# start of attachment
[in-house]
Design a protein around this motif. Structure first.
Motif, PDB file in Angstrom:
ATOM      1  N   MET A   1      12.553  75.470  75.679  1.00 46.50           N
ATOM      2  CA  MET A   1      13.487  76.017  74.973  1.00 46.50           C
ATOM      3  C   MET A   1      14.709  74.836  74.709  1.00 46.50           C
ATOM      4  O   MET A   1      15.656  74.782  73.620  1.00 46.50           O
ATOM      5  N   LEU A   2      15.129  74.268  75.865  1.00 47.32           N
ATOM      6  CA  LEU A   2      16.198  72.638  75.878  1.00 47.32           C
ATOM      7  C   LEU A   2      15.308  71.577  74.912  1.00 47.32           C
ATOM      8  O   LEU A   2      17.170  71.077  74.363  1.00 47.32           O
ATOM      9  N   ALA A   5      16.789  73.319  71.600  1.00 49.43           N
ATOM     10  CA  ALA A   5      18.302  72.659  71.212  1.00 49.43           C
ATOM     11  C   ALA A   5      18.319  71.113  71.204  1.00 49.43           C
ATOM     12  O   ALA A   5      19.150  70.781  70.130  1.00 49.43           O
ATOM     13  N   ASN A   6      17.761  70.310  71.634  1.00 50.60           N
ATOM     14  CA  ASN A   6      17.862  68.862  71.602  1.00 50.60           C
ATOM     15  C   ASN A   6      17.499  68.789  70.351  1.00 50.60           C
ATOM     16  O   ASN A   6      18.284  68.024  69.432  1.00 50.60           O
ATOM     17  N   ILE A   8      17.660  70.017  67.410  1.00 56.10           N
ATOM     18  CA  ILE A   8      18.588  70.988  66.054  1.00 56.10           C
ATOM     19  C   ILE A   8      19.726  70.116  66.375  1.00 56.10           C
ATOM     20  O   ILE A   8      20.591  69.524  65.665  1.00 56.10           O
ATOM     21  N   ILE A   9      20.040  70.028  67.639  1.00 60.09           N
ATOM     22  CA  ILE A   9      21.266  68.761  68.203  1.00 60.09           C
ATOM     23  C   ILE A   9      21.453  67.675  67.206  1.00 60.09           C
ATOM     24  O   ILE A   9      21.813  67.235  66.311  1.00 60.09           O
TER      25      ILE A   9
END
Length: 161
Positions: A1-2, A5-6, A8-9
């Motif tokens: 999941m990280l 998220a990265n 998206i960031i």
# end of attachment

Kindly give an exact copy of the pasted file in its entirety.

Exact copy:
[in-house]
Design a protein around this motif. Structure first.
Motif, PDB file in Angstrom:
ATOM      1  N   MET A   1      12.553  75.470  75.679  1.00 46.50           N
ATOM      2  CA  MET A   1      13.487  76.017  74.973  1.00 46.50           C
ATOM      3  C   MET A   1      14.709  74.836  74.709  1.00 46.50           C
ATOM      4  O   MET A   1      15.656  74.782  73.620  1.00 46.50           O
ATOM      5  N   LEU A   2      15.129  74.268  75.865  1.00 47.32           N
ATOM      6  CA  LEU A   2      16.198  72.638  75.878  1.00 47.32           C
ATOM      7  C   LEU A   2      15.308  71.577  74.912  1.00 47.32           C
ATOM      8  O   LEU A   2      17.170  71.077  74.363  1.00 47.32           O
ATOM      9  N   ALA A   5      16.789  73.319  71.600  1.00 49.43           N
ATOM     10  CA  ALA A   5      18.302  72.659  71.212  1.00 49.43           C
ATOM     11  C   ALA A   5      18.319  71.113  71.204  1.00 49.43           C
ATOM     12  O   ALA A   5      19.150  70.781  70.130  1.00 49.43           O
ATOM     13  N   ASN A   6      17.761  70.310  71.634  1.00 50.60           N
ATOM     14  CA  ASN A   6      17.862  68.862  71.602  1.00 50.60           C
ATOM     15  C   ASN A   6      17.499  68.789  70.351  1.00 50.60           C
ATOM     16  O   ASN A   6      18.284  68.024  69.432  1.00 50.60           O
ATOM     17  N   ILE A   8      17.660  70.017  67.410  1.00 56.10           N
ATOM     18  CA  ILE A   8      18.588  70.988  66.054  1.00 56.10           C
ATOM     19  C   ILE A   8      19.726  70.116  66.375  1.00 56.10           C
ATOM     20  O   ILE A   8      20.591  69.524  65.665  1.00 56.10           O
ATOM     21  N   ILE A   9      20.040  70.028  67.639  1.00 60.09           N
ATOM     22  CA  ILE A   9      21.266  68.761  68.203  1.00 60.09           C
ATOM     23  C   ILE A   9      21.453  67.675  67.206  1.00 60.09           C
ATOM     24  O   ILE A   9      21.813  67.235  66.311  1.00 60.09           O
TER      25      ILE A   9
END
Length: 161
Positions: A1-2, A5-6, A8-9
């Motif tokens: 999941m990280l 998220a990265n 998206i960031i």